What will Georgetown do when all of their players return?
The Hoyas are about to be confronted by what should be considered a ‘good problem.’ One of their better young offensive players – Mac McClung -- is going to come back from injury and create lineup questions, all due to the emergence of Senior transfer Greg Malinowski.
Malinowski has been starting since McClung went down with an ankle injury and has vastly outperformed his main competition at the small forward position – Jamorko Pickett. However, as we saw earlier this year when Coach Ewing refused to sit Trey Mourning for several weeks while the clearly superior freshman Forward Josh LeBlanc posted insane numbers and acted as a catalyst in multiple close wins – anything can happen. (For more on the clear superiority of LeBlanc to Mourning, take a look at alleninxs' post from a few weeks ago.)
Consider the below, a case for a Akinjo-McClung-Malinowski-LeBlanc-Govan starting lineup.
Argument #1: Pickett has been miscast in this starting lineup as a spot-up off-ball shooter. He needs to move to the second unit to get the ball back in his hands and get some opportunities to develop confidence and a rhythm.
Last year, Jamorko Pickett was a major bright spot for Hoya fans. He averaged nearly 10 points, four rebounds, and two assists and showed flashes of a Durant-like skill set that had fans and scouts drooling. This year, he has become a shadow on the offensive end. He is still playing good defense (third on the team in Defensive Win Shares), but has taken a remarkable step backward on offense in the first part of the year.
Pickett is currently posting the lowest Offensive Win Shares on the entire team, while also playing the fourth most minutes. On its face, that would seem to be a major head-scratcher, but it is actually not all that different from last year, when he posted the second lowest OWS from start to finish. The fact that he has posted the lowest Offensive Win Shares does seem relevant though in the context of thinking about whether or not he really deserves to continue receiving the minutes he has been getting.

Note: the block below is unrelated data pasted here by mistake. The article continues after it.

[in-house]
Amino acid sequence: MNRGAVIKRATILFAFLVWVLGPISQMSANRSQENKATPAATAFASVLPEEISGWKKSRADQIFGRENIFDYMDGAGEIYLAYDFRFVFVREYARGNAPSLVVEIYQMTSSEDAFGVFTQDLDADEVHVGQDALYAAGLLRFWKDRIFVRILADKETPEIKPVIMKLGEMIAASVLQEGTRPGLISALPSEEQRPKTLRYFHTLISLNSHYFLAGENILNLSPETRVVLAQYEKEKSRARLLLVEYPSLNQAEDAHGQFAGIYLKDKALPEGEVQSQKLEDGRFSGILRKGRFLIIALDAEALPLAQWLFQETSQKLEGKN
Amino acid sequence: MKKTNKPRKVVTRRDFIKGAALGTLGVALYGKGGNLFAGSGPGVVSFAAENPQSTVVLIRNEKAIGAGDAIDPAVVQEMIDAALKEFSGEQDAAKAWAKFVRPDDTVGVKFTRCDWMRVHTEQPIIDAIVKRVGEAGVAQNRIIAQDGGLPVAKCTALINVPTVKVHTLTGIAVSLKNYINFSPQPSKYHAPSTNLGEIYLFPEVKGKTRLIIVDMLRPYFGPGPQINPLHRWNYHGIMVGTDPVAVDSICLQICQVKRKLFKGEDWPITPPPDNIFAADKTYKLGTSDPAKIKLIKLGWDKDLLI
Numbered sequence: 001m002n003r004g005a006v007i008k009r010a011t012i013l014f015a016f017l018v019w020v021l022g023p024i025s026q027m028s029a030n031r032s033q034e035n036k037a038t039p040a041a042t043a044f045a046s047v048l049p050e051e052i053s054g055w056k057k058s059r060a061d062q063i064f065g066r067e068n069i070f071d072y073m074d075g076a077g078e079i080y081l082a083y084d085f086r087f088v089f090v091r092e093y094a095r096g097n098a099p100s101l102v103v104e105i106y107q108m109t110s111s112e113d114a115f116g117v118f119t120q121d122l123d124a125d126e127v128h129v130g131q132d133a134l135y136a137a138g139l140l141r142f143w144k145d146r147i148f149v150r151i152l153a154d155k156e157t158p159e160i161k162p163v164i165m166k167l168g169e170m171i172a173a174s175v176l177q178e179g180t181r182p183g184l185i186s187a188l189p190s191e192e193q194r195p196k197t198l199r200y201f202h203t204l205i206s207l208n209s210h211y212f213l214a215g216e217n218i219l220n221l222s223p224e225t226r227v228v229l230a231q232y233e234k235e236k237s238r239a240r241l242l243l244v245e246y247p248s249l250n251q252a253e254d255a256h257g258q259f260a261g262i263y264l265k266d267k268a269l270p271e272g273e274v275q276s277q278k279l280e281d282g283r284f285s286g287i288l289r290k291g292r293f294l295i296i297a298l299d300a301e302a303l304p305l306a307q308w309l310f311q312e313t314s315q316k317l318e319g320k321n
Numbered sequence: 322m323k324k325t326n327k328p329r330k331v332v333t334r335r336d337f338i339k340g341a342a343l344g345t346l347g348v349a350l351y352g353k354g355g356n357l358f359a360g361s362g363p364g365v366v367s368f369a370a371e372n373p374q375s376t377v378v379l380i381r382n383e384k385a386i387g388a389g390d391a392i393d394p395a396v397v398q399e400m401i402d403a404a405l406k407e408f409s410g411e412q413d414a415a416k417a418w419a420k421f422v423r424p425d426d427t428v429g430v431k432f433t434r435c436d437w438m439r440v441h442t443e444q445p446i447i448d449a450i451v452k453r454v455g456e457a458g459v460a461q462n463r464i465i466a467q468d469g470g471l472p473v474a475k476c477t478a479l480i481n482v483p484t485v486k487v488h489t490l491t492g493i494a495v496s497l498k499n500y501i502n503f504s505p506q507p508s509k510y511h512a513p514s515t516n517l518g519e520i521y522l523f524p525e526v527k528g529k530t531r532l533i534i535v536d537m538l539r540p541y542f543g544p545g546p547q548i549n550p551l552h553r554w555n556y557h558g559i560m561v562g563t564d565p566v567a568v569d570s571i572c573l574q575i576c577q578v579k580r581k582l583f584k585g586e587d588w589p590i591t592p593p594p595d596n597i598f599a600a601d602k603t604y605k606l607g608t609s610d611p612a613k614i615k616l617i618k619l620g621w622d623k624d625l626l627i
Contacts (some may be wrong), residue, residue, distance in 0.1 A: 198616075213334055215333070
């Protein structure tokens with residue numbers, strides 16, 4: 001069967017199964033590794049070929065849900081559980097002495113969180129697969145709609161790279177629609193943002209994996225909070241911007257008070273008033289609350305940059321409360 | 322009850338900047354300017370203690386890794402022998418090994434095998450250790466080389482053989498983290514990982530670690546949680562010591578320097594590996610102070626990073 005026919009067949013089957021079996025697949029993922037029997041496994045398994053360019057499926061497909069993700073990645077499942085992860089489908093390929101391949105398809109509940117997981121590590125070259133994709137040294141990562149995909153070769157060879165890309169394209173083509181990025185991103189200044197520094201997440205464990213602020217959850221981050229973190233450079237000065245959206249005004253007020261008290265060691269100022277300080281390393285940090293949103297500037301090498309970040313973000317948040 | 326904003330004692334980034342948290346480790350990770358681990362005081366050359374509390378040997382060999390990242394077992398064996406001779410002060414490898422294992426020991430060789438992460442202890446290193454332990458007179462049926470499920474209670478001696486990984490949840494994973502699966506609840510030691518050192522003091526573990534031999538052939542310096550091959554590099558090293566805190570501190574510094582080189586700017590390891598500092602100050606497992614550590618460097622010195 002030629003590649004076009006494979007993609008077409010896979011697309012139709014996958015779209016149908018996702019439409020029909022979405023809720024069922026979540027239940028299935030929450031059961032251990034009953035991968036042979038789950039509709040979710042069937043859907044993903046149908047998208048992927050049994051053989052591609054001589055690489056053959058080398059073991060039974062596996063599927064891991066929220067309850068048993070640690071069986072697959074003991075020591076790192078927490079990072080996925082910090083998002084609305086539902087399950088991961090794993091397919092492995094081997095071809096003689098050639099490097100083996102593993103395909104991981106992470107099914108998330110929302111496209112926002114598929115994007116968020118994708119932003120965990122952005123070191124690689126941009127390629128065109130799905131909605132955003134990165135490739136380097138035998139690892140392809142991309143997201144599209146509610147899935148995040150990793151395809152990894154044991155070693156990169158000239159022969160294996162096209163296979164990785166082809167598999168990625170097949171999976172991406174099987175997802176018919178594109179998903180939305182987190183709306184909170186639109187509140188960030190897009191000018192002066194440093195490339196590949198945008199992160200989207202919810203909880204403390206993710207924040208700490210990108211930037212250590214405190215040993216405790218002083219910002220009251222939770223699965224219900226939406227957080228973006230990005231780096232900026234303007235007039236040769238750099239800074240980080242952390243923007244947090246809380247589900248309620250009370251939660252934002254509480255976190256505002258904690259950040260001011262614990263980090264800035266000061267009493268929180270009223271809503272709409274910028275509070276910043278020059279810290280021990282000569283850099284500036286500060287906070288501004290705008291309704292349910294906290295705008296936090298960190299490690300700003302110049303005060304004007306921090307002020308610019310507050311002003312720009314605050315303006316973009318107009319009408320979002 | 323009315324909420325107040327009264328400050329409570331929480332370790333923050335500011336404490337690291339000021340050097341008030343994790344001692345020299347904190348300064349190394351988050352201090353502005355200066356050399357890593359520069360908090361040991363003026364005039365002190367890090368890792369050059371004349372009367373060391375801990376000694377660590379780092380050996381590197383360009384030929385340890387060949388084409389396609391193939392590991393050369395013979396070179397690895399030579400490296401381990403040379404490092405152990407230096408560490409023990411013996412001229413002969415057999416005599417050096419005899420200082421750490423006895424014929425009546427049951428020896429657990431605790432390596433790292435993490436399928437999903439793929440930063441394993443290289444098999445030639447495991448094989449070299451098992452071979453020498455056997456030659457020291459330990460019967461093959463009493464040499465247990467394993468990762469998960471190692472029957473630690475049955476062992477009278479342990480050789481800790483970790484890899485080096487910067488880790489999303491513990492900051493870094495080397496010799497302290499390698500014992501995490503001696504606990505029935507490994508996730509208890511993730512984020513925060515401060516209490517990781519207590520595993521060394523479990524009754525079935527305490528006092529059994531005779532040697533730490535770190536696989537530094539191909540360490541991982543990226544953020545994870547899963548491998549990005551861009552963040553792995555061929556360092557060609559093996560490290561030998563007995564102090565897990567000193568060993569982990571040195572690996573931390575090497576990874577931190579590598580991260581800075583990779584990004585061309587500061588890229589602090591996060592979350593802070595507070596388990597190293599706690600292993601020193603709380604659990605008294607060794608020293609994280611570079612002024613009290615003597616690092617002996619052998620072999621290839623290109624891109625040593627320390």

Here are just a few measures where his statistics have actually plummeted year-over-year:
- Effective Field Goal Percentage (.469 to .449)
- True Shooting Percentage (.490 to .460), Player Efficiency Rating (8.5 to 7.7)
- Points per Game (9.6 to 5.5)
Basically, when he tries to score, he’s not very good at it. So what gives? In my estimation, the difference in performance can be told by taking a look at the change in his Usage Percentage – an estimate of the percentage of team plays used by a player while he was on the floor.
Last year, the Hoyas operated with no true legitimate point guard (at least not an effective one) with slashers like Jon Mulmore and Trey Dickerson manning the helm. The squad struggled badly versus full-court pressure, and Ewing was left with few if any legitimate ball-handling options on the offensive end.
Pickett was leaned on as a third guard. He had the ball in his hands often, not just in breaking down presses, but in setting up and initiating offenses. It showed in his Usage Percentage. Last year, he posted a Usage Percentage of 21.2%, fifth on the team. As a young, still-developing, is-he-a-guard-or-a-forward type of player – this did him wonders. It gave him the space to not only develop a rhythm offensively, but also to keep being aggressive even when things weren’t going well. Because the team was bereft of perimeter playmakers, he knew he would be counted on consistently to create offense. Therefore, a turnover or a couple of missed shots would not be reason to worry, he could always count on getting the ball back.
Fast forward to 18-19 and the Hoyas are now leaning heavily on James Akinjo (26.4% Usage, first on the team - a separate article needs to break this down and figure out ways to reduce his usage). As a result, Pickett’s offensive opportunities and time with the ball in his hands has plummeted to 14.9%. He has dropped from fifth on the team to 12th (out of 13).
This essentially means that he is a ghost on offense. Now, he happens to be pretty darn good on defense, but is there any Hoya fan who after last year is thinking right now that the best thing for Jamorko Pickett’s development is to turn him into a defensive specialist? I didn’t think so.